Some Good Efficiency Stats: Part of the big reason for the path to victory on Sunday was the team's success on third down as an offense. Dalton and Co. were 8-of-15 (52%) on the down, while also being 2-of-2 on goal-to-go situations. The fluky Eifert play made some other efficiency stats get dinged, but two critical areas were going well for the Bengals on Sunday.

Run Defense and the Frustrating of the Ravens' Offensive Line: Justin Forsett had a miserable day running the football with ten carries for 13 yards, while the entire Baltimore team had just 36 rushing yards and two yards-per-carry. Beyond those stats, about half of the Ravens' 13 penalties were made by their offensive lineman, in a variety of fouls. Disallowing Baltimore to run the football was a huge key to the team's victory, while Domata Peko and Geno Atkins were particularly effective.

Rashaan Melvin: Do yourself a favor if you have the game recorded and/or have NFL Game Pass: re-watch the first half and see how badly Melvin was victimized. We hate to laugh at a person's professional misfortune, but Melvin was getting so torched by the Bengals' offense in the form of allowing big plays and penalties, it was almost comical.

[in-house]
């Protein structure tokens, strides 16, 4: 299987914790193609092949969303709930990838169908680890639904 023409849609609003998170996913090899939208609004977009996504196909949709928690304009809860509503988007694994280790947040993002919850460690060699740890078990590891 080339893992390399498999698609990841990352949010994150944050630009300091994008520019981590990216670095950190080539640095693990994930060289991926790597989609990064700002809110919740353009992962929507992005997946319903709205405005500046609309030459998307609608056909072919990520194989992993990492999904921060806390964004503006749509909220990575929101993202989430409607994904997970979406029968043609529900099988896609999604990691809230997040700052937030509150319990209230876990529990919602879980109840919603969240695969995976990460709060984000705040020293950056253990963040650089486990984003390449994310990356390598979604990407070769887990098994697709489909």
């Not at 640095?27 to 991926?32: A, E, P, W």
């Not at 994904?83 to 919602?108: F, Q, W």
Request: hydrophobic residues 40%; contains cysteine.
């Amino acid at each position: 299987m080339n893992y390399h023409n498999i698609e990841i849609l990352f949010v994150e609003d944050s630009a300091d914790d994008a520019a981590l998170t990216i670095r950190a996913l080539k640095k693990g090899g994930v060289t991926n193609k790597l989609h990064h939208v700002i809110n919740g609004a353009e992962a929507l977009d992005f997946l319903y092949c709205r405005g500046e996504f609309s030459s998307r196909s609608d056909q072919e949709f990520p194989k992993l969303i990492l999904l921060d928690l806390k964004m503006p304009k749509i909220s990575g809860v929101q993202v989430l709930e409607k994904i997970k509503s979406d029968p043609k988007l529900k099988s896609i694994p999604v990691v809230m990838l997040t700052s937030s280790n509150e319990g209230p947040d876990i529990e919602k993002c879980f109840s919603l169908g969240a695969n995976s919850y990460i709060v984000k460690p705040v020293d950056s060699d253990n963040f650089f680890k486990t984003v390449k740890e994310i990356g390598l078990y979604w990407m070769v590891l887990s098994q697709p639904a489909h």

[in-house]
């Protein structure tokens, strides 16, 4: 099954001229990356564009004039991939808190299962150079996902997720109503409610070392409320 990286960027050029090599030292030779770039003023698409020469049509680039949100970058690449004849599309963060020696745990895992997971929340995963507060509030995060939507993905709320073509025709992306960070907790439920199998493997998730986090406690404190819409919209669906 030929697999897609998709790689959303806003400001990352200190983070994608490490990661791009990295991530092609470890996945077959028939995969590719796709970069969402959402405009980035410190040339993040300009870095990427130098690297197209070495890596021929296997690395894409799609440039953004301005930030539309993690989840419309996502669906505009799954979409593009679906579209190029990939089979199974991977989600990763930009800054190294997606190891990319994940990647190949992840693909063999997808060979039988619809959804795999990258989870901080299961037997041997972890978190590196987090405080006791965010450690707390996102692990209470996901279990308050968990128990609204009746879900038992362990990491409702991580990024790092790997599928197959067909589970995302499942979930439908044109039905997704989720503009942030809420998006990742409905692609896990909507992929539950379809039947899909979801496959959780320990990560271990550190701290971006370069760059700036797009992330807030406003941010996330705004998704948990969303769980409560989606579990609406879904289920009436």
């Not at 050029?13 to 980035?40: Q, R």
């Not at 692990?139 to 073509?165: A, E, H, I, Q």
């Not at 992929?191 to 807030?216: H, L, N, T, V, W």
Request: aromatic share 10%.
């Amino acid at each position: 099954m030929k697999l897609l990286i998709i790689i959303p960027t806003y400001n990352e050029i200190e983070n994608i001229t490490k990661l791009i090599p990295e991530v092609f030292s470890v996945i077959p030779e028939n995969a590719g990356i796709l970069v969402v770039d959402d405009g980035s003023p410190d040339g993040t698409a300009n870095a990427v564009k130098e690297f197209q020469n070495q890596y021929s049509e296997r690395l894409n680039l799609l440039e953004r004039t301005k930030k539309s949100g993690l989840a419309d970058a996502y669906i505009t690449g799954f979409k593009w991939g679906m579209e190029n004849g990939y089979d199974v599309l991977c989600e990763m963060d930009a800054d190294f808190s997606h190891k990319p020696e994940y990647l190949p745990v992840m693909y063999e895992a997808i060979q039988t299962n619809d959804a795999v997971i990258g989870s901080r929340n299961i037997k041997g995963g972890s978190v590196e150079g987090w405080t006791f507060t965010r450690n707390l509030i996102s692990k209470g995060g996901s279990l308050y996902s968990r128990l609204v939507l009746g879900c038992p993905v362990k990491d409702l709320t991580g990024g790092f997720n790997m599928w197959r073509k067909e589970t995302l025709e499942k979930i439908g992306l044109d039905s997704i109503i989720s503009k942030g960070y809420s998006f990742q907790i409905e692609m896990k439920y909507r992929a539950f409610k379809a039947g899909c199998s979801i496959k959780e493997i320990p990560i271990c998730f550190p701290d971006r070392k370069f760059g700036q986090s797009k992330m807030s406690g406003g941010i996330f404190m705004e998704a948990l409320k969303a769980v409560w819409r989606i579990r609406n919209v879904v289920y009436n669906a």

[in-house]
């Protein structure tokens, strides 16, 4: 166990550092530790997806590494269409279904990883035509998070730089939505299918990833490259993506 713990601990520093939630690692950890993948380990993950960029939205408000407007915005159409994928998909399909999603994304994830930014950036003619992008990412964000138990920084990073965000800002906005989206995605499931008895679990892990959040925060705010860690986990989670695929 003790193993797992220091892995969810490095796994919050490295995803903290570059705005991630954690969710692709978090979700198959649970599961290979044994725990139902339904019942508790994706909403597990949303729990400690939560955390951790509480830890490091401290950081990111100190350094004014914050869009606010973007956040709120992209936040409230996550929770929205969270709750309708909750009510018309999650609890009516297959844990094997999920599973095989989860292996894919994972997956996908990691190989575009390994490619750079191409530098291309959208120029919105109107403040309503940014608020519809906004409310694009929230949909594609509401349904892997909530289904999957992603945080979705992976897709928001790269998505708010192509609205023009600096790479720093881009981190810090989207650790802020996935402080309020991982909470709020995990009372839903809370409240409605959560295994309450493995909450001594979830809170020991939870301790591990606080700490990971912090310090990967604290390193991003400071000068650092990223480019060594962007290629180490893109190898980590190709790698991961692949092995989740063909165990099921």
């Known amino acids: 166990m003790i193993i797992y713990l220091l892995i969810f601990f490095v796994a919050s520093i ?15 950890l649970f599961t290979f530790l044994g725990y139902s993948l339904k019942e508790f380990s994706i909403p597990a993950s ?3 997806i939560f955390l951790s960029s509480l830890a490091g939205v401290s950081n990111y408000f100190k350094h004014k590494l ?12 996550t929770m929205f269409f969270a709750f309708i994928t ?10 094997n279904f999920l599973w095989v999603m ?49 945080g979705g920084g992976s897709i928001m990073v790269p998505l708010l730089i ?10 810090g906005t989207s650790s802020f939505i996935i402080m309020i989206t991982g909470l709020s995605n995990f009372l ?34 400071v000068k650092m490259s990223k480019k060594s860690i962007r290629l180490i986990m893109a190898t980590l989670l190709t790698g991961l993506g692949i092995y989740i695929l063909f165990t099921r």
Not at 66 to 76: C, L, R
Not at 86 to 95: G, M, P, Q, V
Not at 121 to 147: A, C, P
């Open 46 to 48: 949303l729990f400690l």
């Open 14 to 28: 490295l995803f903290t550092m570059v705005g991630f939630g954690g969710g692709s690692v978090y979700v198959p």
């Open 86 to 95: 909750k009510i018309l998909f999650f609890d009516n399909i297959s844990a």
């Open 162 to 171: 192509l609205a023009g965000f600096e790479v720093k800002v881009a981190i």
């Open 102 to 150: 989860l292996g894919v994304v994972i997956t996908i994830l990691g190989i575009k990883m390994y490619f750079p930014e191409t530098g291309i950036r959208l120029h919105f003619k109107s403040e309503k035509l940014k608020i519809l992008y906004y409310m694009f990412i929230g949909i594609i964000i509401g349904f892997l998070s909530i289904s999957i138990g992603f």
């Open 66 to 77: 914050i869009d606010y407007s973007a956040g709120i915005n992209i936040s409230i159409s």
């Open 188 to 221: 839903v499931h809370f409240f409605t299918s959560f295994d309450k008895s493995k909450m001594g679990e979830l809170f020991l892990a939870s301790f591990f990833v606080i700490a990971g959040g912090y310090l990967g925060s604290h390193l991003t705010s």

Kevin Huber: The Bengals' punter had a nice day with a 43.1 punt average on three punts, with one inside the 20. One of his three was a 57-yard bomb and he is living up to his Pro Bowl billing this year.

The Game-Winning Drive: What beautiful work by the Bengals' offense at crunch time. Dalton hit four different receivers, with each being bigger than the last. Giovani Bernard took a dump-off pass for 23 yards, Mohamed Sanu grabbed a nice one for 19 more, Jones had an incredible one-hand catch for 31 yards, and Green finished it off for the seven-yard score. it was a total gut-punch to the Ravens.

The Bad:

The Running Game: Bernard was the leading rusher for the second straight week with 49 yards and Jeremy Hill had just 21. Offensive coordinator Hue Jackson attempted to get creative with a couple of other runs by Sanu and allowing Dalton to run, but nothing was working particularly well. It's never easy to run the ball at will against the Ravens, but Cincinnati was fortunate to have their quarterback on point throughout the afternoon.

Joe Flacco's Pass Dispersal: The Bengals' back seven didn't have an answer for the Ravens' passing game most of the day. Aside from Steve Smith going off (more on that later), Flacco hit nine different receivers for 362 yards and two touchdowns. While some were dink-and-dunk, Flacco did some deeper passes as well.